Lastly, progression of thought in relation to the concept of a divine reality (in whatever form it may be) does not necessitate negating the existence of a divine reality. This is where I find the “progression” really falls short.

Blue Devil Knight said...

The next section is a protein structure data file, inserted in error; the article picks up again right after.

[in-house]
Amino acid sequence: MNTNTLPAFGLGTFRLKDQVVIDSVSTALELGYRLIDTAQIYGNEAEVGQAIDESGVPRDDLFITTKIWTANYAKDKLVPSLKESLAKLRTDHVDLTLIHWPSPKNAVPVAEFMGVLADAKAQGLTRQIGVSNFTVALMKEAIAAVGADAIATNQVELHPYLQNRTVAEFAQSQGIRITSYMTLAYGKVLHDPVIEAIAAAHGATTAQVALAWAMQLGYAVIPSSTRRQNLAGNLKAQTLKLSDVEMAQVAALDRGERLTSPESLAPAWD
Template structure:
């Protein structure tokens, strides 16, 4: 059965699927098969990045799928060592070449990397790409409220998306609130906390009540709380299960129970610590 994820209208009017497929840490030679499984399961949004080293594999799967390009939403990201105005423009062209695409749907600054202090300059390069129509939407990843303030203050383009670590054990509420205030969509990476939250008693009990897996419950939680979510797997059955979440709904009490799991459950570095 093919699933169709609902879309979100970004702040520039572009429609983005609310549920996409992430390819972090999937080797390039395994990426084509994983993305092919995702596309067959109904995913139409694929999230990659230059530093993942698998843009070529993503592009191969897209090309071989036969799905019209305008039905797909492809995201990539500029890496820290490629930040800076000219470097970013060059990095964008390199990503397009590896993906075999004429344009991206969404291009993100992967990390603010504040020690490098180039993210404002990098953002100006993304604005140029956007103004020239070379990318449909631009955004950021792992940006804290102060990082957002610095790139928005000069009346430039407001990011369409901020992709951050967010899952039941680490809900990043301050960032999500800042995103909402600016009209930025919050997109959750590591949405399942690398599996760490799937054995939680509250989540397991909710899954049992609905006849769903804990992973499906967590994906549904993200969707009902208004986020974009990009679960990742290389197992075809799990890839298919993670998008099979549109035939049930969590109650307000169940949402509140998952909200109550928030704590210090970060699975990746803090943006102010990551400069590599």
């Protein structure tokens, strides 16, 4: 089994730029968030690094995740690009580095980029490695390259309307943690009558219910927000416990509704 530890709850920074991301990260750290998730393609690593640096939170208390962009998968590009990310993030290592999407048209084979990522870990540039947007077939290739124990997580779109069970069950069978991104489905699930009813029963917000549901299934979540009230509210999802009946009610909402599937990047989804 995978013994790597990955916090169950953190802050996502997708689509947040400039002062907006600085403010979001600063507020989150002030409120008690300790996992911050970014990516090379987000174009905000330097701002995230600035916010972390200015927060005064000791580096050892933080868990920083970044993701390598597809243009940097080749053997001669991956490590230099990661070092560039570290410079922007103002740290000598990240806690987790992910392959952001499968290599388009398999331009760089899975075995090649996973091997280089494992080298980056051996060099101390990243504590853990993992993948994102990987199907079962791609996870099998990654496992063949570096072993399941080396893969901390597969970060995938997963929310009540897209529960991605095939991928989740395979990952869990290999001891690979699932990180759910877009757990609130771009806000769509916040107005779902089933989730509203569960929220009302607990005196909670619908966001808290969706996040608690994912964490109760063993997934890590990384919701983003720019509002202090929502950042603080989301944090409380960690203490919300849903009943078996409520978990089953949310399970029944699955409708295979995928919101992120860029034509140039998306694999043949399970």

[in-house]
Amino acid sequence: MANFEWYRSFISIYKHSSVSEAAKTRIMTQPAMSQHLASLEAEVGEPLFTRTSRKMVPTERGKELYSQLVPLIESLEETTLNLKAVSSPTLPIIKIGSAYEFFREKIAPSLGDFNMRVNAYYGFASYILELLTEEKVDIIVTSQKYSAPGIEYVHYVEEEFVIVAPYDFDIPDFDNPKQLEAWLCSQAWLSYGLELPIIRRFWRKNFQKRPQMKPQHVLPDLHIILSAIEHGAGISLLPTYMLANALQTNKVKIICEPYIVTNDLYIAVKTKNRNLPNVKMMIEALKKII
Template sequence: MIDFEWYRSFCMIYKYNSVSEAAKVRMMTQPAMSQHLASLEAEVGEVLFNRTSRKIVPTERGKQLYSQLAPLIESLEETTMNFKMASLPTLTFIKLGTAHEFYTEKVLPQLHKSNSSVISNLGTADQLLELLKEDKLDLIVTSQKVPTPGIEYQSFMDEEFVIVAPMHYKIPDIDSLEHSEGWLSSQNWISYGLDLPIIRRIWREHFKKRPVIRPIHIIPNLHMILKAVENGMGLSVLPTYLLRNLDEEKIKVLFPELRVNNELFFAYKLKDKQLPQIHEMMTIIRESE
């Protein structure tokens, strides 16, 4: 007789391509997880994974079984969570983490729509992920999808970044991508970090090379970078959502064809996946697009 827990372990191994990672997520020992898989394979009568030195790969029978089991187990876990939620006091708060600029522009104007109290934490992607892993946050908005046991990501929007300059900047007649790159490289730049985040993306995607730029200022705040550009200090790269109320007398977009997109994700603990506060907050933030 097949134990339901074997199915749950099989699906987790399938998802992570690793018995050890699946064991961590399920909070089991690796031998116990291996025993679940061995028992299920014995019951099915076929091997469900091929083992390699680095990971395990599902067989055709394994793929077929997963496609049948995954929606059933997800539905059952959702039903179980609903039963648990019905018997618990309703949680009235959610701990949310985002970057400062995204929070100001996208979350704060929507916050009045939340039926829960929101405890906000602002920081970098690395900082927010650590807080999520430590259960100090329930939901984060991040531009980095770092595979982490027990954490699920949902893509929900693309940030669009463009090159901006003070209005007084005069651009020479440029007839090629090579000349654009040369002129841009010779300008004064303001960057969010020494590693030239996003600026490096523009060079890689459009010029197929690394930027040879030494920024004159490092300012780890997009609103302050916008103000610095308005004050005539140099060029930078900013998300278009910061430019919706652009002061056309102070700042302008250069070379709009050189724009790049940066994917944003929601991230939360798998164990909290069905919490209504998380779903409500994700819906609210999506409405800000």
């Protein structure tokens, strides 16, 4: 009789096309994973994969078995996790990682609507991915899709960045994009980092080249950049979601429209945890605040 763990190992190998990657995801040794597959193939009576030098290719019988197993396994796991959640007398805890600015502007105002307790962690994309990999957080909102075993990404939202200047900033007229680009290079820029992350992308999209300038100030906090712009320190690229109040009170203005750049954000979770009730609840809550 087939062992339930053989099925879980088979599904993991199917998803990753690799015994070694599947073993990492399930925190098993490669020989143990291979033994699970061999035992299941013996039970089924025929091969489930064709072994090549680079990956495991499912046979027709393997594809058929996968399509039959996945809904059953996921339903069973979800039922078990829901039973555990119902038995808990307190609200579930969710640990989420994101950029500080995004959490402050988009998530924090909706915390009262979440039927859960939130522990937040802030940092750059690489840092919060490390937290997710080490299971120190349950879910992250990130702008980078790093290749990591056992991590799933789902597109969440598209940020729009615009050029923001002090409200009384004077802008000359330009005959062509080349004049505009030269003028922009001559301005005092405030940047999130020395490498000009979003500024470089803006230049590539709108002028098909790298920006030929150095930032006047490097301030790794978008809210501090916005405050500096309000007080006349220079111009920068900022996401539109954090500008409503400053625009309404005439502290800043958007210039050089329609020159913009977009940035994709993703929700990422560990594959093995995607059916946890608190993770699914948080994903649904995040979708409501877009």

Anthony Fleming wrote: "I'm wondering if this argument is based more on Western thought than intellectual progress from the whole human race. "

Great point.

theistconfirmed777 said...